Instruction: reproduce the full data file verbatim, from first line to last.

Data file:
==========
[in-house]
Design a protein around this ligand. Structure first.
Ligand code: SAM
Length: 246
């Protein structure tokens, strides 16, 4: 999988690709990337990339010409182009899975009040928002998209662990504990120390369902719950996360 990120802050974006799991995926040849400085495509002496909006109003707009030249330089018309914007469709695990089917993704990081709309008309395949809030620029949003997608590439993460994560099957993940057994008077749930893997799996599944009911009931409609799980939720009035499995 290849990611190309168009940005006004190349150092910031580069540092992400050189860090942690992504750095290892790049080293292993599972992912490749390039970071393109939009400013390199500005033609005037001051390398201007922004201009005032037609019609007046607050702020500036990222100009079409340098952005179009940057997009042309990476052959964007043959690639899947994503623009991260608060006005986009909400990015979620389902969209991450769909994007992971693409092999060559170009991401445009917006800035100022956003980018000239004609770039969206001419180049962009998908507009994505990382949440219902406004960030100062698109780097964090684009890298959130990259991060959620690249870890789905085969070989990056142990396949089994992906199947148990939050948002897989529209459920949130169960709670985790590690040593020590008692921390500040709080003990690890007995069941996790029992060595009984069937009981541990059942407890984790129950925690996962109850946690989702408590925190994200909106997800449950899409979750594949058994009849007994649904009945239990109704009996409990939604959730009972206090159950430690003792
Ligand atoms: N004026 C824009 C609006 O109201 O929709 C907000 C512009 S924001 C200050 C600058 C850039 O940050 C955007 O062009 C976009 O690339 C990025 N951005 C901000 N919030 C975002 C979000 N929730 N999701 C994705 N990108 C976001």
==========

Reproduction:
[in-house]
Design a protein around this ligand. Structure first.
Ligand code: SAM
Length: 246
């Protein structure tokens, strides 16, 4: 999988690709990337990339010409182009899975009040928002998209662990504990120390369902719950996360 990120802050974006799991995926040849400085495509002496909006109003707009030249330089018309914007469709695990089917993704990081709309008309395949809030620029949003997608590439993460994560099957993940057994008077749930893997799996599944009911009931409609799980939720009035499995 290849990611190309168009940005006004190349150092910031580069540092992400050189860090942690992504750095290892790049080293292993599972992912490749390039970071393109939009400013390199500005033609005037001051390398201007922004201009005032037609019609007046607050702020500036990222100009079409340098952005179009940057997009042309990476052959964007043959690639899947994503623009991260608060006005986009909400990015979620389902969209991450769909994007992971693409092999060559170009991401445009917006800035100022956003980018000239004609770039969206001419180049962009998908507009994505990382949440219902406004960030100062698109780097964090684009890298959130990259991060959620690249870890789905085969070989990056142990396949089994992906199947148990939050948002897989529209459920949130169960709670985790590690040593020590008692921390500040709080003990690890007995069941996790029992060595009984069937009981541990059942407890984790129950925690996962109850946690989702408590925190994200909106997800449950899409979750594949058994009849007994649904009945239990109704009996409990939604959730009972206090159950430690003792
Ligand atoms: N004026 C824009 C609006 O109201 O929709 C907000 C512009 S924001 C200050 C600058 C850039 O940050 C955007 O062009 C976009 O690339 C990025 N951005 C901000 N919030 C975002 C979000 N929730 N999701 C994705 N990108 C976001």